Last week, over the dinner table, my 6 year old son was telling me who in his kindy class was a faster runner than him. He had it all stepped out in a highest to lowest order where he was sitting about 4th. I then launched into a very ‘parenting-type’ lecture explaining to him that life is not a comparison to others and that all he needs to be is the best that he can be.
In the same breath I realised I had engaged in the exact same comparison earlier in the day. One of my favourite blogger’s posted on Facebook that her successful self-published book was on the shelves for only a month before it was snapped up by a famous publishing house to have worldwide distribution! OMG – she just achieved MY dream! Instantly I felt deflated, hopeless, unmotivated and (dare I say) even a bit jealous! I’d been comparing myself to another woman’s success and, even worse, I was comparing my beginning with someone else’s middle! It seems I needed to take a dose of my own advice!
Comparing ourselves to others is ALWAYS unfair! Typically we compare the worst of ourselves with the best we presume about other people (usually shown on Facebook!) We compare our boring life to the incredible lives of our friends (or even complete strangers on Instagram) and wonder why we aren’t doing more. Why aren’t we more social, eating more beautiful food, travelling the world like everyone else seems to be doing?
It’s never a fair comparison when you realise that those same people would never post a photo of themselves sitting around, bored, looking at their phone like you are doing.
And really, we actually only want one tiny aspect of their life anyway. If you saw what that person dealt with in all the other moments of their life (never discussed or posted on social media) you would likely take your own life back.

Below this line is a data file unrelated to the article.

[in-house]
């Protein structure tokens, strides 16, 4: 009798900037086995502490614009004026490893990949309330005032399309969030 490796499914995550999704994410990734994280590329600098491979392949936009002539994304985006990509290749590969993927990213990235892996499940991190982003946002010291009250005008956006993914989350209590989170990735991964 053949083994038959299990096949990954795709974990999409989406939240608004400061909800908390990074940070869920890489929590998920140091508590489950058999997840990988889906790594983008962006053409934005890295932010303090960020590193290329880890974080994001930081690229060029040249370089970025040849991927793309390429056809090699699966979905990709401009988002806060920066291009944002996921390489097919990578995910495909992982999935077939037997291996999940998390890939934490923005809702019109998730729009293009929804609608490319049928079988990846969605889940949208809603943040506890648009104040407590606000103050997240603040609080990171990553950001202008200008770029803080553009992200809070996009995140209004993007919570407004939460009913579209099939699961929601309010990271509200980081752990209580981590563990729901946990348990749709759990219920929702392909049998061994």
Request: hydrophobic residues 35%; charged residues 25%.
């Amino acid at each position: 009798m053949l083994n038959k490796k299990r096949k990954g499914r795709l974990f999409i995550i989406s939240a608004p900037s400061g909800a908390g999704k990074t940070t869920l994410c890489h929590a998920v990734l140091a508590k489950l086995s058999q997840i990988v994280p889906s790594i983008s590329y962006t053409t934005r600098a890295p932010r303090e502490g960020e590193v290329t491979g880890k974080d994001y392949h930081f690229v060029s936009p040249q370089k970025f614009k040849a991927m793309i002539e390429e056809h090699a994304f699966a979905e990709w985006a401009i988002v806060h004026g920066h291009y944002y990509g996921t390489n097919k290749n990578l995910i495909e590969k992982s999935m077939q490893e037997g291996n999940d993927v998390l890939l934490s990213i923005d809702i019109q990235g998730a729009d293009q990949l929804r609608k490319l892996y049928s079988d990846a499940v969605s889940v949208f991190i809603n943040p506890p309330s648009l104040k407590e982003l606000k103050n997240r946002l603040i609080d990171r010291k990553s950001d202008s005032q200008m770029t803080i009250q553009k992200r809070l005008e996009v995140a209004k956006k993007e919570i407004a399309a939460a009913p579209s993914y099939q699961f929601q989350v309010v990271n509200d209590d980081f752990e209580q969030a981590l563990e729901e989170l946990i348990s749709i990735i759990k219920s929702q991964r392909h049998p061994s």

You might want your friend Stephanie’s career, your workmate Julie’s relationship or Susan, the mum from school’s, body. You may even feel like a lesser person in comparison to these people somehow. But when you look closer at their lives you realise that Stephanie is really insecure about her looks, Julie has significant health problems and Susan is currently going through a very painful divorce and custody battle. Do you really want their life? There is always more than meets the eye and they’re usually dealing with their own set of life’s challenges.
We each own totally unique talents, gifts, experiences and knowledge that make us a completely rare individual. It’s not apples v’s apples when we compare ourselves to others. But how do we stop, especially in the age of social media?
5 Tools to Stop Comparing Yourself to Others
1. Appreciate YOU!
Stop looking at the outside world and appreciate what you have, where you are at in your life and what you have learnt. Focus on the amazing person you are and all that you have achieved.
2. Gratitude, Gratitude, Gratitude!
Ensure you bring gratitude techniques into your life, and practice them! When you feel that your confidence is low and you are comparing yourself to others a lot, increase this practice to change your perspective. Want some guidance? Read our blog called 5 Ways to Get an Attitude of Gratitude!
3. Look OVER & Learn
Instead of looking ‘UP’ at people (as if they are superior to you), practice looking OVER at them as a form of admiration and inspiration rather than superiority! Consider that the individual often had to work hard and/or take big risks to obtain or be that thing you are comparing yourself to. I personally would LOVE a toned, fit body that can wear a mid-drift top without concern but I am not prepared to put in the work at the gym to do it. I am just hoping the genie pops out of the bottle to grant me the wish while the woman I am admiring sweats it out at the gym 6 days a week. That can’t be fair! Instead of wishing, ask yourself – What can I do to be more like that? Admire the effort that person put in to be what they are, or have what they have, and build some of those strategies into your own life.
4. Compete ONLY with Yourself
You hear athletes (who live daily in the world of competition) talk about achieving their own ‘P.B’ – their own personal best. They know the importance of competing with themselves and of focusing on improving their own results. It’s the same for you. Aim to be your best because this is what matters most for your own satisfaction.
5. Have a Social Media Holiday
If all else fails, consider giving yourself a social media holiday until you feel stronger or more able to deal with life on the internet.
BE YOU! (and compare ONLY to YOU!)